If you are trying to live a healthier lifestyle, then you might want to look into cutting down on your sugar intake.
You might already know that eating less sweets and chocolate can help with this but have you thought about drinks?
Some drinks are surprisingly high in sugar and so reducing your consumption of these beverages could be an easy way to help you remove some sugar from your diet.
Is sugar bad for you?
Eating too much sugar can mean that you are consuming too many calories and this in turn can lead to weight gain.
Free sugars are the ones that are added to food and drinks such as biscuits, chocolate and fizzy drinks. And these are the ones which you can eat too much of.1
There are some sugars which are found naturally in fruit, vegetables and milk and these do not count as free sugars.2
Eating too much sugar can also lead to tooth decay. When the bacteria in your mouth breaks down sugar, acid is produced, which then dissolves the surface of the tooth in the first stage of tooth decay.3
For both of these reasons, it is therefore a good idea to have a look at how much sugar you consume, through your food and drink, and see if you can cut down at all.
Here are some drinks that are high in sugar which you should only drink in moderation:
Unsurprisingly, fizzy drinks top our list of drinks that are high in sugar.
The average can of fizzy pop contains 40 grams of carbohydrates and 150 calories.4
The highest sugar content sodas in the UK include Pepsi, Coca Cola and Old Jamaica Ginger Beer which tops the list with 15.7g of sugar per 100ml.5
It is therefore advised that you drink these fizzy drinks sparingly or else switch to the diet or sugar free versions instead.
Energy or sports drinks are designed to fuel high performance athletes during prolonged periods of intense exercise and so they therefore contain lots of sugars, which can be absorbed quickly and used for energy.6
Some energy drinks contain up to 21 teaspoons of sugar.7
If you are an athlete or you are exercising or training for a long period of time, then your body should be able to convert these sugars into energy.
If you are not, then you might prefer to stick to water.
Another unsurprising addition to our list of high sugar beverages is freakshakes.
These ice cream milkshakes are layered with cake, cream and chocolate and sweets and they have become quite a trend in recent years.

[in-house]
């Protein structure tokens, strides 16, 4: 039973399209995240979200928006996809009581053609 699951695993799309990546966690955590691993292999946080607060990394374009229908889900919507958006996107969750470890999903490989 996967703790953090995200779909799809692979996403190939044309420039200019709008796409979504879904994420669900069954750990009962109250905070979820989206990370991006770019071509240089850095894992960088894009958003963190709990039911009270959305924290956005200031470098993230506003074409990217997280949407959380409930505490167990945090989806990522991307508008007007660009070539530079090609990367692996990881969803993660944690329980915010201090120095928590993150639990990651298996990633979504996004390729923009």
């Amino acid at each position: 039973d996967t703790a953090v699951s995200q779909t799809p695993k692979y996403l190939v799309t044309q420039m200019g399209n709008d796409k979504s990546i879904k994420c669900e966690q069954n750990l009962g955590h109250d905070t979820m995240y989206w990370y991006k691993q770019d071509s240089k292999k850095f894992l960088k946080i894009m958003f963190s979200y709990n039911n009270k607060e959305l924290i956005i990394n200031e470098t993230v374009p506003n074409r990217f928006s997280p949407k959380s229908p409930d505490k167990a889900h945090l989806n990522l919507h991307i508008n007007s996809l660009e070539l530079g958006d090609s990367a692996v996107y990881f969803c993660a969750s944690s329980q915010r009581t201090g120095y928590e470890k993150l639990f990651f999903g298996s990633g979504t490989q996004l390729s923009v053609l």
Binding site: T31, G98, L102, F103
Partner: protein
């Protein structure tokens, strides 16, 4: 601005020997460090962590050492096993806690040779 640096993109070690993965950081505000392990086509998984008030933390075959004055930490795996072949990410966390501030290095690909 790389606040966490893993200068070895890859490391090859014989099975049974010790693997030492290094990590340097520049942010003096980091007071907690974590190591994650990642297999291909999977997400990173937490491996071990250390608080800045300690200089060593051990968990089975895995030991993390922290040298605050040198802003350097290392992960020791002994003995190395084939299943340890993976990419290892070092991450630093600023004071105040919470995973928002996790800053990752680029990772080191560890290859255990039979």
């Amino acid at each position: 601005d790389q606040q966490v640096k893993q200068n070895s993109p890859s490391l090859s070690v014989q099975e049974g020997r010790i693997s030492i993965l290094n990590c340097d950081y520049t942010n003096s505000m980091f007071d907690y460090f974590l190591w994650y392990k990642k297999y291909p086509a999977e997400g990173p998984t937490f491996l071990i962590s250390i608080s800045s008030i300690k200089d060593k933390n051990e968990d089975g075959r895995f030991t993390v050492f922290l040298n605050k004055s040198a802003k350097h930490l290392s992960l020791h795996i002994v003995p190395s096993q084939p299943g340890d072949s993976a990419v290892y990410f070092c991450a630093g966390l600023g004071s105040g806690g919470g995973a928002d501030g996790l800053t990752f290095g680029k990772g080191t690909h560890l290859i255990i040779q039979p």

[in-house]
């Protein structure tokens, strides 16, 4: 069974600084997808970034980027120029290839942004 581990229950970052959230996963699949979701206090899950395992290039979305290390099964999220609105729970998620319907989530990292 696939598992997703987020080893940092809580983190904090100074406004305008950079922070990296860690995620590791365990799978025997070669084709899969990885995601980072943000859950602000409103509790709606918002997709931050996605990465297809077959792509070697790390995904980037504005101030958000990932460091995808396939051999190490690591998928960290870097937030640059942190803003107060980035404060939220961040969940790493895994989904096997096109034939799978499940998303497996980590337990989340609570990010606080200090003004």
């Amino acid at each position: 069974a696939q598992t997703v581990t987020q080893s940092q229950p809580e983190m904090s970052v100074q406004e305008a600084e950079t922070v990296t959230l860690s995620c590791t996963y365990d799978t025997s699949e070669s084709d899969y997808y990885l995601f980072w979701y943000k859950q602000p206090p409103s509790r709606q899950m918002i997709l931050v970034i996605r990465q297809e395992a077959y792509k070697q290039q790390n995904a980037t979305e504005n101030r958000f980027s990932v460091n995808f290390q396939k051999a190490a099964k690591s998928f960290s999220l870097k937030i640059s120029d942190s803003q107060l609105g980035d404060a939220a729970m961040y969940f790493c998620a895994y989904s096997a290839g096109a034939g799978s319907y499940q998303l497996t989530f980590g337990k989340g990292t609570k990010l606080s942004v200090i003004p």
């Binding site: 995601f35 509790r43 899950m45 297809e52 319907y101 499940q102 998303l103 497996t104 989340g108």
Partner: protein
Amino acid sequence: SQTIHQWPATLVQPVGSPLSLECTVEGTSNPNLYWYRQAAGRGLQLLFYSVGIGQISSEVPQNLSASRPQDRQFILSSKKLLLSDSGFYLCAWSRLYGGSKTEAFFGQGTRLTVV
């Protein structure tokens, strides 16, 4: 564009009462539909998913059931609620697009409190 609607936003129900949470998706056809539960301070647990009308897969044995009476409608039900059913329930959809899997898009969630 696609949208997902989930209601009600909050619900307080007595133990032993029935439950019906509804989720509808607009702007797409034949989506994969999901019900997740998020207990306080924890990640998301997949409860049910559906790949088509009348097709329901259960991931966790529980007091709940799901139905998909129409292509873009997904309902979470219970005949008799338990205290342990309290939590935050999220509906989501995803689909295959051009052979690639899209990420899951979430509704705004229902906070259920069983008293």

And while they might be Instagrammable, they can contain over 1,000 calories, which is more than half of the calories that your body needs during an entire day.8
To get a sweet fix without all the sugars and calories, try a salted caramel smoothie made with a non-dairy milk alternative and the natural sweetness of bananas and dates.
A cold day favourite when snuggled up after a brisk walk, one mug of hot chocolate has around 400 calories and 43g of sugar.9
Then when you add marshmallows and cream to the mix too, these numbers go through the roof!
Try an unsweetened hot chocolate or a dark version instead.
We hate to be the bearers of bad news but alcoholic drinks are also high in sugar content.
High sugar alcoholic drinks include beer and wine.
Beers have around 10 – 15kg of carbohydrates per pint and a medium glass of wine with medium sweetness has around 5-10kg.10
Make sure you have a few alcohol-free days each week in order to help cut down.
Alcohols with the lowest sugars include spirits like vodka, gin, tequila and rum.11
Although fruit is very good for you, changing this into juice can remove some of the health benefits.
By turning fruit into juice you lose the insoluble fibre, which is an essential nutrient. This fibre also helps to delay the absorption of sugar.
When fruit is juiced, it also releases more sugar. Most of the sugar in fruit is fructose which can only be processed by the liver and can stop it from doing its job properly.12
Guidelines suggest that you should stick to one 150ml glass of unsweetened 100% fruit or vegetable juice each day and no matter how much juice you drink, it only counts as one of your five a day.13
Read more: 8 natural sugar substitutes
Last updated: 19 January 2021
Author: Donia Hilal, Nutritionist
Donia started her career as a freelance nutritionist, later she joined Nestle as their Market Nutritionist to help support their healthier product range, before joining the team at Holland & Barrett in January 2018. Donia has 6 years experience as a Nutritionist and also works with clients on a one to one basis to support their goals which include weight loss, prenatal and postnatal nutrition and children’s health.
Donia has a special interest in; weight management, plant-based nutrition, pregnancy nutrition, special diets and disease risk reduction. Donia’s LinkedIn profile